VectorDrawable vs PNG VectorDrawable vs PNG
Changing the size of the image on orientation

VectorDrawables use a Bitmap cache that gets recreated when the size changes, so in our case, when you rotate your device from portrait to landscape. After the first rendering, the cached bitmap will be used. This means that you end up spending a lot of time on the first rendering of the VectorDrawable, at every rotation of the screen. But, if the image that you are drawing is the same size, both in portrait and in landscape, then the bitmap cache will not be invalidated and it will be reused.

Let’s test this!
Test 1: The size of the view changes when changing the orientation from 1440x2240px in portrait to 2560x1152px in landscape. When rotating the device, drawing the vector drawable takes, in average, 15.50ms in portrait and 7.80ms in landscape, where the view is smaller.
Test 2: The image size doesn’t change with rotation, it’s always 800x800px. We can see that drawing the vector drawable takes 7.50ms the first time - afterwards, drawing time is reduced to 0.15ms.
Test 3: Using two different resources for portrait and for landscape, even if they are the same size. The images will take longer to render every time you rotate the device.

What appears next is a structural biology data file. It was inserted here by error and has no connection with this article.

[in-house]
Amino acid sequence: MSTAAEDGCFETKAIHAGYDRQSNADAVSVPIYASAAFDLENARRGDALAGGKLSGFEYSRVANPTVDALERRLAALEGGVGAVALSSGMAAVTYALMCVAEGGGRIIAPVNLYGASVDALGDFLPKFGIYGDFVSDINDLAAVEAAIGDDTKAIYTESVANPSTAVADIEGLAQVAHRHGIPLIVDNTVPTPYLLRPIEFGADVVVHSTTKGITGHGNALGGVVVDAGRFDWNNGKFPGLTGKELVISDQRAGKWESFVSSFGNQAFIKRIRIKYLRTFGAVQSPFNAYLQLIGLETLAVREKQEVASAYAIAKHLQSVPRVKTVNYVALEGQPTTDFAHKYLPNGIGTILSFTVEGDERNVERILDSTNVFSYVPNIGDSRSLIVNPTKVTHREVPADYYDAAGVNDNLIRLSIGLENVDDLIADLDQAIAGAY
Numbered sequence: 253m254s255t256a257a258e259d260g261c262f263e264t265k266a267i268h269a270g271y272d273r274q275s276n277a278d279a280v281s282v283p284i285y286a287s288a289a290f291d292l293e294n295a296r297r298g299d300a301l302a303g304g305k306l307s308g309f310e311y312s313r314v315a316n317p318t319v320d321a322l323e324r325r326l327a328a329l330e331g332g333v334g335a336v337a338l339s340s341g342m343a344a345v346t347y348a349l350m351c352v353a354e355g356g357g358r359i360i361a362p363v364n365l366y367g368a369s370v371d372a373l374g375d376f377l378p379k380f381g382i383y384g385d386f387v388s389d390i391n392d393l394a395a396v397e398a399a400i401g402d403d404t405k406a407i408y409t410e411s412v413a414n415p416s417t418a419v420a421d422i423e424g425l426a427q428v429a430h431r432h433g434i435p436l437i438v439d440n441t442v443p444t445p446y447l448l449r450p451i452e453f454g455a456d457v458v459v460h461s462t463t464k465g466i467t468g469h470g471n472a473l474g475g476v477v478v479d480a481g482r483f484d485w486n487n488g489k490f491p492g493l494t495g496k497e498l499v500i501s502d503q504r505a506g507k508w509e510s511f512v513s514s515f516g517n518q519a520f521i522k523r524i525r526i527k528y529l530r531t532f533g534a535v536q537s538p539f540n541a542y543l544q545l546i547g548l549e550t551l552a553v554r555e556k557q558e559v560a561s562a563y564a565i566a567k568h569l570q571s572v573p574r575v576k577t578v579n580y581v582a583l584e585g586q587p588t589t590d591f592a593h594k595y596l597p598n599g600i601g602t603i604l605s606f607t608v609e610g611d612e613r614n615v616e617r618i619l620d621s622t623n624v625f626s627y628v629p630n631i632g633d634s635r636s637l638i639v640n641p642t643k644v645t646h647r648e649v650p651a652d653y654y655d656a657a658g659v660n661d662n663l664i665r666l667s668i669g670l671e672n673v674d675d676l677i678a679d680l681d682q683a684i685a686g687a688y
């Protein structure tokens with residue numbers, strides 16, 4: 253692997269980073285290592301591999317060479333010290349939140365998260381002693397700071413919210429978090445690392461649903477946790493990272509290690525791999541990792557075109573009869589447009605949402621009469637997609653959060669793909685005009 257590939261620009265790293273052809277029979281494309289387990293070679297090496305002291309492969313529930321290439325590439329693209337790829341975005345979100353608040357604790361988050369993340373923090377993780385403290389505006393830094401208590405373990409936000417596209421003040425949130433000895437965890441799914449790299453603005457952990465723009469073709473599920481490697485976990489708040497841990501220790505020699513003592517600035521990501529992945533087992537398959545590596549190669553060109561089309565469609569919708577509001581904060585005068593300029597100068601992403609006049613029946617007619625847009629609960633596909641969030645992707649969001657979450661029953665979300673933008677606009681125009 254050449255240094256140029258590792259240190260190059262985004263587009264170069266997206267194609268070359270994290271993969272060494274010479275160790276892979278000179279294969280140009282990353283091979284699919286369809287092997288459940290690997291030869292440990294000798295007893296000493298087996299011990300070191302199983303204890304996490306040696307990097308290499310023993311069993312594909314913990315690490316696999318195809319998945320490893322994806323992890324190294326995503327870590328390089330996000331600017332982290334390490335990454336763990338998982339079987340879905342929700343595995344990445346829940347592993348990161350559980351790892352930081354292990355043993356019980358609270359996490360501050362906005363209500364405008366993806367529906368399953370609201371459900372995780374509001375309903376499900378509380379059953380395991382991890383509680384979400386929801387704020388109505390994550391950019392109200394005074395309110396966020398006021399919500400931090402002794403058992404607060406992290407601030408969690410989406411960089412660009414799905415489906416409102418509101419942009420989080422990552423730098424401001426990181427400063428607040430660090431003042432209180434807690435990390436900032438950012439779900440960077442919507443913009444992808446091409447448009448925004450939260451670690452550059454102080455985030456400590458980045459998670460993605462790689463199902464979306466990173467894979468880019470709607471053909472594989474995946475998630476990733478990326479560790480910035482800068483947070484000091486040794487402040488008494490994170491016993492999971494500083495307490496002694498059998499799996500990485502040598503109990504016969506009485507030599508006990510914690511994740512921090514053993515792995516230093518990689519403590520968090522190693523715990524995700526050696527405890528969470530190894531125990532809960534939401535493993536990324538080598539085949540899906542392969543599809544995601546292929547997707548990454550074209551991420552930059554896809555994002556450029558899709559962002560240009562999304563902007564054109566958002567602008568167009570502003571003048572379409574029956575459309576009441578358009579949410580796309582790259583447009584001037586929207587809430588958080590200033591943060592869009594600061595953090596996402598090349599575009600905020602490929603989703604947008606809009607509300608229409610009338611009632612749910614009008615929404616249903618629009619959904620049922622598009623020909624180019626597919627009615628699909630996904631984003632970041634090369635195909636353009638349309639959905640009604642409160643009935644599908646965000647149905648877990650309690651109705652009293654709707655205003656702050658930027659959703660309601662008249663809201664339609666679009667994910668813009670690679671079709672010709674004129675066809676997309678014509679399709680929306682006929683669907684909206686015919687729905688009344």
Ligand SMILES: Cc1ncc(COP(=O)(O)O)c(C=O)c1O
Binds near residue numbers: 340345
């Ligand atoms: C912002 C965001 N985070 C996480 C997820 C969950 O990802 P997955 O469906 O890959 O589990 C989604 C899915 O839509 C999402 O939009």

Since the vector graphics are rendered at runtime, on the CPU, the initial loading and drawing of a VectorDrawable will be slower. This is why Google recommends using them for images of maximum 200 x 200 dp.

Android documentation
Android documentation says max 200 x 200 dp

We are curious developers here at upday so we wanted to see some numbers. What exactly does “slower” mean and what’s the difference between drawing a vector drawable and a PNG? Given how much #PERFMATTERS we need to make sure that we won’t end up with a smaller APK but with a slower app.

Test 1: We set the image to match the size of the screen: 1440x1960px. The vector drawable took, in average, 16.60ms to draw, the PNG 0.180ms.
Test 2: We set the image to the maximum recommended: 200x200dp so, 800x800px. The vector drawable took 3.40ms to draw, the PNG 0.060ms.

The difference in rendering time is considerable.

Do You Really Need a VectorDrawable?

The VectorDrawable rendering duration is influenced by the size of the image, and by its complexity. If the drawable contains complicated paths then it will take longer to draw. So, before you import a new SVG in Android Studio keep in mind the following things:

  • Can you replace the vector graphic with a shape? Shapes are rendered much faster than VectorDrawables and raster images.
  • Can you simplify the image? Does that image that you’re about to import contains a path just for the background, for example? Then maybe you can just set a background color to the ImageView that will contain the VectorDrawable. Can you split the image into smaller parts and maybe replace some of those parts with shapes?